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St Peter and St Paul's Churchyard, and Harlington Burial Ground Hillingdon

Summary

Harlington is referred to in the Domesday Book in 1086 and St Peter and St Paul's Church is the old parish church. Harlington Manor had various owners including Ambrose Coppinger who entertained Queen Elizabeth I here in 1602. The monuments in the churchyard are mainly C19th. A fine old yew tree to the south was the subject of elaborate topiary until 1825 and there is another ancient yew to the north and a yew walk on the west axis. In 1871 an extension of the churchyard was established to the west by Harlington Burial Board.

Basic Details

Previous / Other name:
Harlington Parish Church

Site location:
St Peter's Way, Harlington

Postcode:
UB3 5LY ( Google Map)

Type of site:
Churchyard

Date(s):
C12th; C14th, 1500; 1871 (burial ground)

Designer(s):

Listed structures:
LBII*: St Peter and St Paul's Church. LBII: walls to north of church and wall to south of churchyard

Borough:
Hillingdon

Site ownership:
Diocese of London

Site management:
LB Hillingdon Cemetery Office (Grounds Maintenance Service)

Open to public?
Yes

Opening times:
unrestricted

Special conditions:

Facilities:

Events:

Public transport:
Rail: Hayes & Harlington then bus. Bus: 140, 90.

The information shown above was correct at the time of the last update 01/11/2005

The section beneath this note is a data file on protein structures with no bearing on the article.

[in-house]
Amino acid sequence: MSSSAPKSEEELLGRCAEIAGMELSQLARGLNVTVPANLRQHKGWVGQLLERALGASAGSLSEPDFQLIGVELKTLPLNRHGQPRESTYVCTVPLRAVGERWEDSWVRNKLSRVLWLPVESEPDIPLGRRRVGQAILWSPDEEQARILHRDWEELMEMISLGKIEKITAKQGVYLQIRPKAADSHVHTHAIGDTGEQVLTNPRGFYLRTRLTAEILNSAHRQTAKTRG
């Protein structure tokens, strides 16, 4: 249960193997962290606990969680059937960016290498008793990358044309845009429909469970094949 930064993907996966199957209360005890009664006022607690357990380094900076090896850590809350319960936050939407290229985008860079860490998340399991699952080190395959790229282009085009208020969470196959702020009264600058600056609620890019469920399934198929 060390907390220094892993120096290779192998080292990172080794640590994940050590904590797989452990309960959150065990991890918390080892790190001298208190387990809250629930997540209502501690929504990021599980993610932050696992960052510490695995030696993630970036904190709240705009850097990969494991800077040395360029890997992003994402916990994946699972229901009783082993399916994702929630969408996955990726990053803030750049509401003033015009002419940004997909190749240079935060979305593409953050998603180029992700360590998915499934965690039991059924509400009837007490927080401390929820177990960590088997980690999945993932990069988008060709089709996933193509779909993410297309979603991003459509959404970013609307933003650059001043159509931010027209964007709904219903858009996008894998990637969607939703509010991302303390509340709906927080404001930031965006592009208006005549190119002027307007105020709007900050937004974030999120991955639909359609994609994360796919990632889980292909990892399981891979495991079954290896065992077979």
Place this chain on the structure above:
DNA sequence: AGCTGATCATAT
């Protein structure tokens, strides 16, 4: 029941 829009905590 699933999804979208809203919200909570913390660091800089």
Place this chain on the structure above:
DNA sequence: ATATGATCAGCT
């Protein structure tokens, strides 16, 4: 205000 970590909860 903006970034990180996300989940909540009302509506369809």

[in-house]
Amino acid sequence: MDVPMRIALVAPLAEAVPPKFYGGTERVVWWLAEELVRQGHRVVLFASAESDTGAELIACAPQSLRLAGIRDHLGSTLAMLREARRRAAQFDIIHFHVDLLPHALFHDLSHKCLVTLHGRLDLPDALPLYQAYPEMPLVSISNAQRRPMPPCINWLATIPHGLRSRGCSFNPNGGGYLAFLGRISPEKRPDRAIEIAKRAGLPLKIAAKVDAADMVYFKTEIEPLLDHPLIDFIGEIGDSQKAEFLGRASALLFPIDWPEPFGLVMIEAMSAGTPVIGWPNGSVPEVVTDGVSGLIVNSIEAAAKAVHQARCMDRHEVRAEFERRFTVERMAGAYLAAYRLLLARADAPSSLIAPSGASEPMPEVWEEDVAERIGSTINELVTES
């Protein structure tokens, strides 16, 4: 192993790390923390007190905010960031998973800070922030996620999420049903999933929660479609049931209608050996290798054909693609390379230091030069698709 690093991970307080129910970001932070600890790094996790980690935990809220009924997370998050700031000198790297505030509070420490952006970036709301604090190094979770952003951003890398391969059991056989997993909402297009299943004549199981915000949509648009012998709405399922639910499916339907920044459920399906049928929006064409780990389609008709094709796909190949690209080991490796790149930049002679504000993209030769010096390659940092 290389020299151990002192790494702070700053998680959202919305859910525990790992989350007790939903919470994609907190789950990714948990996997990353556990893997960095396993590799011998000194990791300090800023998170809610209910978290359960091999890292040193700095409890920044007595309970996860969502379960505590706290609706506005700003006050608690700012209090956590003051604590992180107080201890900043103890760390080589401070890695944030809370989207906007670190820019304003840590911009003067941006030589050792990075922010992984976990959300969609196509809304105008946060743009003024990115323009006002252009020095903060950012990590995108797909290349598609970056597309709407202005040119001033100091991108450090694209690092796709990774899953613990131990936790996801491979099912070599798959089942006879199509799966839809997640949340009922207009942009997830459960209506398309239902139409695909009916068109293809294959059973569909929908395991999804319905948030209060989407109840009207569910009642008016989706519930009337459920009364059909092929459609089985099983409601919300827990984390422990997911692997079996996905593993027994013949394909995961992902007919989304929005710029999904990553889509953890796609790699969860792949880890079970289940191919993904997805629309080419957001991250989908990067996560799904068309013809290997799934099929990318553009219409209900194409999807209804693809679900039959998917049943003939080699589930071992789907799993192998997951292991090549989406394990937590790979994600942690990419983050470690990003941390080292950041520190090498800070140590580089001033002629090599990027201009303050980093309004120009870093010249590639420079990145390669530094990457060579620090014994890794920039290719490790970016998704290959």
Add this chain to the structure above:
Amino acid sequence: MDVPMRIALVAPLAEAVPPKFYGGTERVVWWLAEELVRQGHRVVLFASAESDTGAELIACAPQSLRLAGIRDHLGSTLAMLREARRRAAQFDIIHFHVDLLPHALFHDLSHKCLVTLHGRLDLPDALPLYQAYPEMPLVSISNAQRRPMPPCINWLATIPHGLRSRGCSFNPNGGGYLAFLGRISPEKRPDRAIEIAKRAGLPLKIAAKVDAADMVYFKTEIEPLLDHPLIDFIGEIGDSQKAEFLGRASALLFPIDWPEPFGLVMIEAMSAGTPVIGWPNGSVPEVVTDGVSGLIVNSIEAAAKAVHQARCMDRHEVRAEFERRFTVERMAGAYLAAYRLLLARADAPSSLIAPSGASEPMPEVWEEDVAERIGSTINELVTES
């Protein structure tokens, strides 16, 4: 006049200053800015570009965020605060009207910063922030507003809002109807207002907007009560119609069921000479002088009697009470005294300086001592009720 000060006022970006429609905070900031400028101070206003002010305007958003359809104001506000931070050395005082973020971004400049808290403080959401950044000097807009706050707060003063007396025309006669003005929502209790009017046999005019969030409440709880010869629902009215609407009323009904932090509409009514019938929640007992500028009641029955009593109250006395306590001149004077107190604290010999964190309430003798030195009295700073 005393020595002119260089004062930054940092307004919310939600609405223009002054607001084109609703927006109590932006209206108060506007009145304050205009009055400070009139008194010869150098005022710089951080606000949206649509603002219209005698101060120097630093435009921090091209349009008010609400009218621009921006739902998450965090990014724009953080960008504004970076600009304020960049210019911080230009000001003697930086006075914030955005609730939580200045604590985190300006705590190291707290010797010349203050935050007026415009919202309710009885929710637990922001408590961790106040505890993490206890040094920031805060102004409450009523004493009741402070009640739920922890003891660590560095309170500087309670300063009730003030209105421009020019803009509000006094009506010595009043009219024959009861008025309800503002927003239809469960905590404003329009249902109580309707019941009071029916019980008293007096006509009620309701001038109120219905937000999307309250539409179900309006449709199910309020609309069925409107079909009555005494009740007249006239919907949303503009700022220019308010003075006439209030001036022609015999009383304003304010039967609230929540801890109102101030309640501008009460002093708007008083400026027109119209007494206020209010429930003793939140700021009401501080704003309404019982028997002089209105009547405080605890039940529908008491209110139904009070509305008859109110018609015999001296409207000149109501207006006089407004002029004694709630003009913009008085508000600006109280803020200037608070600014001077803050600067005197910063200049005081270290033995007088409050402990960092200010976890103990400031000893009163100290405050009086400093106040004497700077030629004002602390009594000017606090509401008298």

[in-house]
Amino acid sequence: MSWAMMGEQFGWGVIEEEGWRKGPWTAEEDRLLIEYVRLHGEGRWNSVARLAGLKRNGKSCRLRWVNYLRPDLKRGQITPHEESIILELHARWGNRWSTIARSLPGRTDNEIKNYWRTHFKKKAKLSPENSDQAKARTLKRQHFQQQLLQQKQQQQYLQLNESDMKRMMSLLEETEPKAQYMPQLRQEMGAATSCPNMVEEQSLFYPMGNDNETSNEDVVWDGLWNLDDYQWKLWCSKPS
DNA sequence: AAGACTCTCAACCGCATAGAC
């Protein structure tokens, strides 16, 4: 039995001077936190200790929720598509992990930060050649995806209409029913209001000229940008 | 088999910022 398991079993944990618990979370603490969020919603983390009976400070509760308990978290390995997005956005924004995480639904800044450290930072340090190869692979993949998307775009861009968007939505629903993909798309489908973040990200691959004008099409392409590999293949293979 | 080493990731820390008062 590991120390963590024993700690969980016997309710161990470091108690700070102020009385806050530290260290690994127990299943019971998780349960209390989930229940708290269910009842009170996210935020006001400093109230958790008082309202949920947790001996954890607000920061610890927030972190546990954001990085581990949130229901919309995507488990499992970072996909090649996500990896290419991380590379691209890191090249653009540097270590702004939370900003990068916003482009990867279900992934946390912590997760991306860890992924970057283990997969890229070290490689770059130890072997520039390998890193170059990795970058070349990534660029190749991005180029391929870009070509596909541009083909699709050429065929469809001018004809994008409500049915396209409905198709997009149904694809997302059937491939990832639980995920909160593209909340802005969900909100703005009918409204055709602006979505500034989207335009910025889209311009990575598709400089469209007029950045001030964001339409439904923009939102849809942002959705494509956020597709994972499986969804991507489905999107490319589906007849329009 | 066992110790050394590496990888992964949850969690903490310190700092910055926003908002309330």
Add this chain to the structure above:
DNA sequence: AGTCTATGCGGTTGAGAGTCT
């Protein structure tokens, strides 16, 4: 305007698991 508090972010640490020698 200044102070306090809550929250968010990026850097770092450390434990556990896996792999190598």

Please check with the site owner or manager for latest news. www.hillingdon.gov.uk; www.achurchnearyou.com/st-peter-st-paul-harlington

Further Information

Grid ref:
TQ088782

Size in hectares:

Green Flag:
No

On EH National Register :
No

EH grade:
None

Site on EH Heritage at Risk list:
No

Registered common or village green on Commons Registration Act 1965:
No

Protected under London Squares Preservation Act 1931:
No

Local Authority Data

The information below is taken from the relevant Local Authority's planning legislation, which was correct at the time of research but may have been amended in the interim. Please check with the Local Authority for latest planning information.

On Local List:
No

In Conservation Area:
No

Tree Preservation Order:
Not known

Nature Conservation Area:
No

Green Belt:
No

Metropolitan Open Land:
No

Special Policy Area:
No

Other LA designation:
None

Fuller information

The opening of the Grand Union Canal in 1794 led to the brick-making industry being established, which continued until the mid C20th, and with the opening of the station in 1864 the area began to be developed. The village was later brought together with Hayes and Cranford when Hayes and Harlington UDC was formed in 1930. The medieval church has the 'best Norman doorway in outer London' (Pevsner) and its tower is c.1500, with fragments dating from the C16th/17th. There is a splendid High Victorian tomb to William Brookes (d.1869), studded with coloured stones. The church is bounded by railings along St Peter's Way to the east and at the entrance is a wrought iron gate with overthrow. A notable parishioner was William Byrd, the composer, who lived in the parish from 1577-1592.

Sources consulted:

Bridget Cherry and Nikolaus Pevsner, 'The Buildings of England London 3: North West' (Penguin, 1999 edition) p322. Todd Longstaffe-Gowan, 'Topiary on a Gargantuan Scale: the Clipped 'Yew-trees' at four ancient London churchyards' in The London Gardener, vol. 11, 2005/6, pp70-86

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